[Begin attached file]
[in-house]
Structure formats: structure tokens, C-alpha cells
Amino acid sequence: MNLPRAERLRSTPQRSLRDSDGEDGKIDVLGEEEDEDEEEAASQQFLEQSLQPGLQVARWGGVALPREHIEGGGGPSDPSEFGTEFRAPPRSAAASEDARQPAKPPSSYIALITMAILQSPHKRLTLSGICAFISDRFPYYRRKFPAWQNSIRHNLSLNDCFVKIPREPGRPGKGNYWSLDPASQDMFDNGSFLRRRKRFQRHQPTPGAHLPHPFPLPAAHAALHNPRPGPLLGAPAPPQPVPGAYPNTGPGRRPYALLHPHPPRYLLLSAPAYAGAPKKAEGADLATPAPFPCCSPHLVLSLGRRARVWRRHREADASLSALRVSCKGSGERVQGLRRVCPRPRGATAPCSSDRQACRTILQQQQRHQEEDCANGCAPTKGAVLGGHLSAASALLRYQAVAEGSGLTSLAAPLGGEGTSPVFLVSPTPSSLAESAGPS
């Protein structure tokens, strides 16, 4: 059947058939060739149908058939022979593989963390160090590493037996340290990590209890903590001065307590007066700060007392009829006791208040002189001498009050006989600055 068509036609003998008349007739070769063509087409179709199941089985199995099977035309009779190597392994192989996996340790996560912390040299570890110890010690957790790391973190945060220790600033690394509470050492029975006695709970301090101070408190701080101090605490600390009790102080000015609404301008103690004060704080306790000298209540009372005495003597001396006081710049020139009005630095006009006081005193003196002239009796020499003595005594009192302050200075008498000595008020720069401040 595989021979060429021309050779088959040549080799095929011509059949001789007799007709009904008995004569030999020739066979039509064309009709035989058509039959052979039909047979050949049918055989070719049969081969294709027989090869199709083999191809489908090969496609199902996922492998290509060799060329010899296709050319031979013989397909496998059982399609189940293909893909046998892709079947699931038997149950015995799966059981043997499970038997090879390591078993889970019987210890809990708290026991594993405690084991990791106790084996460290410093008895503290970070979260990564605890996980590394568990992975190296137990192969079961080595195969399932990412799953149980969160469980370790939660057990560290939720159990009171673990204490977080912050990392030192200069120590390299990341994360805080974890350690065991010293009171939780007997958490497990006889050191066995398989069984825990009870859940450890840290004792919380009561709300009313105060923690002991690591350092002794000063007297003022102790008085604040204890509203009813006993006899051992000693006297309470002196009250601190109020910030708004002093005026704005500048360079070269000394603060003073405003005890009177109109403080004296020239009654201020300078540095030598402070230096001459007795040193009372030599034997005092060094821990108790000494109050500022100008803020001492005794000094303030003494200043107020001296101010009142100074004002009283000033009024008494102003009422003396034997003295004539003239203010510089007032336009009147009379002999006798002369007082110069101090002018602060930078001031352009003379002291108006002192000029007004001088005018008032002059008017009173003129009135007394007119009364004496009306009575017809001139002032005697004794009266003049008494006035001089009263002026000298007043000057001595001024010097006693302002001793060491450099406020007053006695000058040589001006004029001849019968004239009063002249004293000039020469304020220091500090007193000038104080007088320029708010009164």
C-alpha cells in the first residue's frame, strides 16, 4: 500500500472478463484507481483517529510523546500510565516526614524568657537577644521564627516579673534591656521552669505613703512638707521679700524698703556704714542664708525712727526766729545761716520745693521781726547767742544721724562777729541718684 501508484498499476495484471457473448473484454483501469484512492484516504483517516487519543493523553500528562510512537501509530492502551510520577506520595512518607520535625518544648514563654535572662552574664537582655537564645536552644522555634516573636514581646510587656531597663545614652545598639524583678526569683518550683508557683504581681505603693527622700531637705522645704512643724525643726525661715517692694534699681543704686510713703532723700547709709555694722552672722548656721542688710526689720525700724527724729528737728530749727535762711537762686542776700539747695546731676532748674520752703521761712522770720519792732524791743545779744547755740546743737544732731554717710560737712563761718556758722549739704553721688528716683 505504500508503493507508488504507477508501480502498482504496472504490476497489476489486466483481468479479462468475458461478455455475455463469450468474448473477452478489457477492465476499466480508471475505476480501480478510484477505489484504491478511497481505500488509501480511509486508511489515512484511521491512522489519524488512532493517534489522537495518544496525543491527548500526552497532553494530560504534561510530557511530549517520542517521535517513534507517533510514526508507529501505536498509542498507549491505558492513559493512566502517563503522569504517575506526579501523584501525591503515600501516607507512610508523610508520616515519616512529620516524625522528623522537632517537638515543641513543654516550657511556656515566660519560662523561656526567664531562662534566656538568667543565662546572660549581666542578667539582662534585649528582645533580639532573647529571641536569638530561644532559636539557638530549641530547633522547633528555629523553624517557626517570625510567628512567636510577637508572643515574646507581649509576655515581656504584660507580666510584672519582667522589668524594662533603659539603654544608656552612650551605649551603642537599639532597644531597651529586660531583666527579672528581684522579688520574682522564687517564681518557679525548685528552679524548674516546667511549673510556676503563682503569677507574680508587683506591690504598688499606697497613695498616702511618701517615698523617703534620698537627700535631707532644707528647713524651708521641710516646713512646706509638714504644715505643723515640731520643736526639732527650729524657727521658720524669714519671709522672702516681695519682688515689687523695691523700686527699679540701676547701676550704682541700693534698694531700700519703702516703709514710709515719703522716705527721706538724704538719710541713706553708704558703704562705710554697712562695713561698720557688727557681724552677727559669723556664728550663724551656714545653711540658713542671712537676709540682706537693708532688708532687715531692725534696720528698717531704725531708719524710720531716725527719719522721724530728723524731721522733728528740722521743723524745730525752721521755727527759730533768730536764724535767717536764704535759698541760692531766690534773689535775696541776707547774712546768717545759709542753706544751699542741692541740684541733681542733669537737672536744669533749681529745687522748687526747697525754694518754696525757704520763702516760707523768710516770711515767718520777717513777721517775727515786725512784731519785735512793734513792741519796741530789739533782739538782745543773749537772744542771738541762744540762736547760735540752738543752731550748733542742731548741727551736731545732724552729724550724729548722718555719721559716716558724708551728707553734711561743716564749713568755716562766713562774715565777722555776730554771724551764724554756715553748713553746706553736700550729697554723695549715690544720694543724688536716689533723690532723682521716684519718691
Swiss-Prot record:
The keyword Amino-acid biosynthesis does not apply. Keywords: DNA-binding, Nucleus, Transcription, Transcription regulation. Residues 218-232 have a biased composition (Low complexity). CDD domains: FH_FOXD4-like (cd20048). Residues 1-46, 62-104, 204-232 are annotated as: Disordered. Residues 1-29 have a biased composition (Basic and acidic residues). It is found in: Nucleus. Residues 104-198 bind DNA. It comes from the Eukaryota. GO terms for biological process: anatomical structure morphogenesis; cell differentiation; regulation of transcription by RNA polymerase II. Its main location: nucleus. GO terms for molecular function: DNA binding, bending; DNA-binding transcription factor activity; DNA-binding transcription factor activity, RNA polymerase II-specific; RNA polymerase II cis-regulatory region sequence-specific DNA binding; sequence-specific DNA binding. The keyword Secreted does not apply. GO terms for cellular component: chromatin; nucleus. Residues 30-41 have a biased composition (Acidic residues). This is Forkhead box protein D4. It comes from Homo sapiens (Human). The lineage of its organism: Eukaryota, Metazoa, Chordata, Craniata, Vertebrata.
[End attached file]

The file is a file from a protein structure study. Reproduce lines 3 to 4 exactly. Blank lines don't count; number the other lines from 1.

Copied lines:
Amino acid sequence: MNLPRAERLRSTPQRSLRDSDGEDGKIDVLGEEEDEDEEEAASQQFLEQSLQPGLQVARWGGVALPREHIEGGGGPSDPSEFGTEFRAPPRSAAASEDARQPAKPPSSYIALITMAILQSPHKRLTLSGICAFISDRFPYYRRKFPAWQNSIRHNLSLNDCFVKIPREPGRPGKGNYWSLDPASQDMFDNGSFLRRRKRFQRHQPTPGAHLPHPFPLPAAHAALHNPRPGPLLGAPAPPQPVPGAYPNTGPGRRPYALLHPHPPRYLLLSAPAYAGAPKKAEGADLATPAPFPCCSPHLVLSLGRRARVWRRHREADASLSALRVSCKGSGERVQGLRRVCPRPRGATAPCSSDRQACRTILQQQQRHQEEDCANGCAPTKGAVLGGHLSAASALLRYQAVAEGSGLTSLAAPLGGEGTSPVFLVSPTPSSLAESAGPS
């Protein structure tokens, strides 16, 4: 059947058939060739149908058939022979593989963390160090590493037996340290990590209890903590001065307590007066700060007392009829006791208040002189001498009050006989600055 068509036609003998008349007739070769063509087409179709199941089985199995099977035309009779190597392994192989996996340790996560912390040299570890110890010690957790790391973190945060220790600033690394509470050492029975006695709970301090101070408190701080101090605490600390009790102080000015609404301008103690004060704080306790000298209540009372005495003597001396006081710049020139009005630095006009006081005193003196002239009796020499003595005594009192302050200075008498000595008020720069401040 595989021979060429021309050779088959040549080799095929011509059949001789007799007709009904008995004569030999020739066979039509064309009709035989058509039959052979039909047979050949049918055989070719049969081969294709027989090869199709083999191809489908090969496609199902996922492998290509060799060329010899296709050319031979013989397909496998059982399609189940293909893909046998892709079947699931038997149950015995799966059981043997499970038997090879390591078993889970019987210890809990708290026991594993405690084991990791106790084996460290410093008895503290970070979260990564605890996980590394568990992975190296137990192969079961080595195969399932990412799953149980969160469980370790939660057990560290939720159990009171673990204490977080912050990392030192200069120590390299990341994360805080974890350690065991010293009171939780007997958490497990006889050191066995398989069984825990009870859940450890840290004792919380009561709300009313105060923690002991690591350092002794000063007297003022102790008085604040204890509203009813006993006899051992000693006297309470002196009250601190109020910030708004002093005026704005500048360079070269000394603060003073405003005890009177109109403080004296020239009654201020300078540095030598402070230096001459007795040193009372030599034997005092060094821990108790000494109050500022100008803020001492005794000094303030003494200043107020001296101010009142100074004002009283000033009024008494102003009422003396034997003295004539003239203010510089007032336009009147009379002999006798002369007082110069101090002018602060930078001031352009003379002291108006002192000029007004001088005018008032002059008017009173003129009135007394007119009364004496009306009575017809001139002032005697004794009266003049008494006035001089009263002026000298007043000057001595001024010097006693302002001793060491450099406020007053006695000058040589001006004029001849019968004239009063002249004293000039020469304020220091500090007193000038104080007088320029708010009164």